Suggestions that we begin our lives as artists and grow up to “make special” to enhance our lives may be two important clues as to why a show about children’s book illustration will reward anyone who continues to appreciate the magic of  children’s picture books.

Expatriate Recommends Diaspora–April is National Poetry Month

by Gabriella Radujko on March 31st, 2013

Han Bing and friends, Art Basel, Miami, 2006/photographer unknown

I wrote my first poem after participating in poetry as a “good audience member” by attending the performances of  friends who were poets.  I was sharpening my ear for a style of poetry writing I prefer–work written to be performed rather than for the page. In celebration of National Poetry Month for this month’s Artcards Review,  I returned to earlier work which was inspired by interdisciplinary approaches to life, living, and learning–Expatriate Recommends Diaspora and the accompanying photograph is the result of those forces–transcribing an interview about its subject, Anthony Xavier Edwards, for artist Nathalie Latham, whom I met at Paris Photo in 2006 formed the content for the poem.  Later that year, I arrived at Art Basel, Miami, met artist Han Bing and his wife Maya Kovskaya (right of Han) pictured above, learned about his performance piece which become part of the movement “walking the cabbage”, and also learned of their friendship with Nathalie.  Poetry creates community and rewards minds with the imagination to see that everything signifies and that everything connects.

Expatriate Recommends Diaspora

Now Tony, dear, what do you call yourself?

Enthused, confused, stunned, besotted…and a designer Continue Reading More »

Ruscha Bookworks Roar @ New York Public Library : “Ed Ruscha Books & Co.” @ Gagosian Gallery

by Gabriella Radujko on March 12th, 2013

Photo:  Gabriella Radujko; reproduction of content on retired Edward Ruscha business card

There is no School of Edward Ruscha, but if there were, prerequisites would include an embrace of ambiguity and the spirit world–its students paraphrasing quotes such as these from his recent talk with Paul Holdengräber at the New York Public Library on March 6, 2013:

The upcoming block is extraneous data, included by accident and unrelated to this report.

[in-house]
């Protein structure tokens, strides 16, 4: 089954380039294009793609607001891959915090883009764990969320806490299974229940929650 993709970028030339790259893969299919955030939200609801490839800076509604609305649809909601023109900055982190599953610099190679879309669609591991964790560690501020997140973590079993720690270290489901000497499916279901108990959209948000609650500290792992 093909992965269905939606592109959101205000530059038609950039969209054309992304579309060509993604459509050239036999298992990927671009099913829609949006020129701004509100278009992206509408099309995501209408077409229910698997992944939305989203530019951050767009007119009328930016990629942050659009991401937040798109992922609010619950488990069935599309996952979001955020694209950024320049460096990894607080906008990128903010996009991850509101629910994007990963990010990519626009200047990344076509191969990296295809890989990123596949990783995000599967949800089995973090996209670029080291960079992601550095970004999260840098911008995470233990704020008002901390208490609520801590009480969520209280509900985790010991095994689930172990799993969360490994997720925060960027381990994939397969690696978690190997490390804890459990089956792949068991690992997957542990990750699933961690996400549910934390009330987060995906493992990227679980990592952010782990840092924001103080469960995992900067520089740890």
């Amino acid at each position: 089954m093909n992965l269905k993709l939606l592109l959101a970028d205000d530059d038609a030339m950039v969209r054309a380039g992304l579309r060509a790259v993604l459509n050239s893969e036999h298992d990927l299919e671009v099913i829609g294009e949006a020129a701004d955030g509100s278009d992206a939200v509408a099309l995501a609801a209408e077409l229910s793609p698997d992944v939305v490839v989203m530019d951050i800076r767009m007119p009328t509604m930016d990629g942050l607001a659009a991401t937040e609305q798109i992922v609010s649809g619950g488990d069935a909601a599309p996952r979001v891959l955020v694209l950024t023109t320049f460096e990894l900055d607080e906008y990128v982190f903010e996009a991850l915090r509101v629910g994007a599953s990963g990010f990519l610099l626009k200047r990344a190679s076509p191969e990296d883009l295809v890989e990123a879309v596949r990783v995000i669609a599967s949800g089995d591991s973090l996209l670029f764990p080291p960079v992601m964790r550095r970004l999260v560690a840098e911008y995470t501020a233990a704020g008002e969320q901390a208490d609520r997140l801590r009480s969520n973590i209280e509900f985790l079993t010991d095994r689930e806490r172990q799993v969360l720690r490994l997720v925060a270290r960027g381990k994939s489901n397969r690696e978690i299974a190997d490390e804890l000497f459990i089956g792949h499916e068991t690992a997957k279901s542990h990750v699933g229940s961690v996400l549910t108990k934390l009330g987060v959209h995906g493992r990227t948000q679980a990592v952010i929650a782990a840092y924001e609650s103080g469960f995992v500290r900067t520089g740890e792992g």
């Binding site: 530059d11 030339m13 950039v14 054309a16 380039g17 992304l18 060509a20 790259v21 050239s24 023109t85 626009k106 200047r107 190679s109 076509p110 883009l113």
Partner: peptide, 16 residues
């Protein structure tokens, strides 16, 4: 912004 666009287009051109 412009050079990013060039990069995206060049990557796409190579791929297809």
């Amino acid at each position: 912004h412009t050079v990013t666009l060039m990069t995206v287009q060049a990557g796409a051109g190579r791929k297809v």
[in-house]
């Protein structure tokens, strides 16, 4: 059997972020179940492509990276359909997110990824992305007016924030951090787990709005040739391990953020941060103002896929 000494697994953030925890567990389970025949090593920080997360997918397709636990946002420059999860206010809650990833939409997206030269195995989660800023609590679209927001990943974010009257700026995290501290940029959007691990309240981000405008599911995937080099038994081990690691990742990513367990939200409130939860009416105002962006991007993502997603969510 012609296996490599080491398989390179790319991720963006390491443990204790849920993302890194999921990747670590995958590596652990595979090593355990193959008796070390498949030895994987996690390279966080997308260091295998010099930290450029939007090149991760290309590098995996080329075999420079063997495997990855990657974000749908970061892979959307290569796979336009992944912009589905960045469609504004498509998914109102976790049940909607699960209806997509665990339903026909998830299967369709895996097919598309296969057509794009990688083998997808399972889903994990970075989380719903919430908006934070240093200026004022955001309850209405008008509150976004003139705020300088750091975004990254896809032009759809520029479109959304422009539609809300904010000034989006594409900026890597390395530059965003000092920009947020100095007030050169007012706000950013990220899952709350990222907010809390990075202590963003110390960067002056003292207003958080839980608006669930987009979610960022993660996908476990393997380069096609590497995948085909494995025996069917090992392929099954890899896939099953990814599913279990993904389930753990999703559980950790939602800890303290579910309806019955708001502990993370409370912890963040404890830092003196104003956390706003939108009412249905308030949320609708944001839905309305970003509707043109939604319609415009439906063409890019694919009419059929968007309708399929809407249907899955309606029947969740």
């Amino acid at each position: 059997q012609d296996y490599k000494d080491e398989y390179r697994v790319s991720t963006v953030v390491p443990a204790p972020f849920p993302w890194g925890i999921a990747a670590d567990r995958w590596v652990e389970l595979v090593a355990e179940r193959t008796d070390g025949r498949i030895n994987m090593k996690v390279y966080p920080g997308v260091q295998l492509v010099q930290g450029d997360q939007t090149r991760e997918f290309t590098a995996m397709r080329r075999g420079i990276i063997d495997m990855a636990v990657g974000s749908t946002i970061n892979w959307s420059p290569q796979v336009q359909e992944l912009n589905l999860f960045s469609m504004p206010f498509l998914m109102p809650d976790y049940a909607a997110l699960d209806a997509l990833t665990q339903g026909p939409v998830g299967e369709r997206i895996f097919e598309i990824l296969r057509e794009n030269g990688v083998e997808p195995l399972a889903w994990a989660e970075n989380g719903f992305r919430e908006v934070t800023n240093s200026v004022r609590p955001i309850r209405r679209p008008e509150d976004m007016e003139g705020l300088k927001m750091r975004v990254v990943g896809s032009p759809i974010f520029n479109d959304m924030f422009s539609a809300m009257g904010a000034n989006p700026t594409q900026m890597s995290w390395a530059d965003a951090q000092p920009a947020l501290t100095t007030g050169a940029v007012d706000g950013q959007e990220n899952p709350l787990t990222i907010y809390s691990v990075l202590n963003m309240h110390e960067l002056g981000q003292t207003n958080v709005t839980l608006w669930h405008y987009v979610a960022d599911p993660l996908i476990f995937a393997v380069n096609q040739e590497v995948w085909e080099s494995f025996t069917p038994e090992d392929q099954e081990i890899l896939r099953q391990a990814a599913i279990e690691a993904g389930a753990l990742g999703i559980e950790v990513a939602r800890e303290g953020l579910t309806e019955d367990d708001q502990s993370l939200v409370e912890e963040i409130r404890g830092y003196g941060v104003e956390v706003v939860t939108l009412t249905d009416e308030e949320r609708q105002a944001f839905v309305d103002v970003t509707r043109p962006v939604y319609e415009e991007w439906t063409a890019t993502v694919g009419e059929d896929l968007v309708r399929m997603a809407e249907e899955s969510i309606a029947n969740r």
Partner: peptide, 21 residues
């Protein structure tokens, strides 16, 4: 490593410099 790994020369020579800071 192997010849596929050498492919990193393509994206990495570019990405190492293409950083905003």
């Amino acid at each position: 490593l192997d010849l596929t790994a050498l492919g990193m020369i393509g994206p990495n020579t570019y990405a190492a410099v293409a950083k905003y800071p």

I have a deep need to make a book.

It doesn’t matter what it is about.

The idea for a book comes first.

As book artist, Ruscha challenged his interviewer and the audience.  There was puzzlement among the literati, perhaps, because as book readers, according to  Walter J. Ong, we humans are so literate that it is “difficult for us to conceive of an oral universe of communication or thought except as a variant of a literate universe”. Continue Reading More »

Powerless in Search of Sound @ MOMA’s NYC Street Scenes and Noises

by Gabriella Radujko on November 3rd, 2012

In a city made quiet due to power outages south of the thirties, it was an interesting choice to have sought out films exploring noise.  “A Cinema of Industrial Noise”, a series of four films shown at MOMA on Halloween included the twelve minute, 1929 film, NYC Street Scenes and Noises, which slowed time down so appreciably, it seemed twice as long. Continue Reading More »

The Autumnal Equinox and the Uni Project

by Gabriella Radujko on September 29th, 2012

photography © courtesy Sam Davol

Pop-ups–boutique, market or museum have entered the psyche of hip New Yorkers, but if you are really lucky, you will have experienced the pop-up library known as the Uni Project.

Part-library, part-performance space, the Uni Project, a portable library kiosk with curated cubes, popped up on a stretch of waterfront at the Gantry State Park in Long Island City, Queens on the first day of fall. The blustery weather wrestled with the portable bookshelves and seats, but passersby, especially the short, cute variety with parents hovering close by, intuitively browsed, read and celebrated books, played games and explored portable worm bins for indoor composting. Continue Reading More »

Photographs Not Taken: April is Poetry Month

by Gabriella Radujko on April 15th, 2012

Centrifuga, 2011 by Rafael Barrios © Gabriella Radujko

Photographs Not Taken

There are the photographs not taken

An aged, elegant couple
sitting on a 5th Avenue park bench just north of the Met
matching blue-tinted eyeglasses
serenity in their long couple-hood
a “biopic” of quiet seated before the volta

A widow living in a tenement built by Mussolini
tending to a crude distillery housed in a Mussolini granted garage
the quiet drip drip drip of slivovica welcoming visitors to sit
in the deplaned seats of the now defunct Jugoslavenski Aerotransport
Wearing a stained, but clean apron
this simple, yet noble woman, is unknowingly part of an image
solely recorded by grey matter

A recently slaughtered calf hangs from a hook on the ceiling of a farmer’s work room
slowly dripping its blood in anticipation of the butchering
Tiny raised glasses of herb-infused liqueurs toast the beast
foreshadowing the soon to be prepared tripe, stews and soups

And the pic formed by a talented, but short-sighted gallerist in a town house gallery
standing before walls once rioted with iconoclastic works
most resting in storage now, unseen, unaccompanied, and increasingly
unremarkable with their exile
Clean white crew neck T-shirt over standard Levi blue jeans
a nod to basic good taste and handsomeness
minus the scarred belly clothes would later hide

Untaken photographs, but photographs nonetheless.

Gabriella Radujko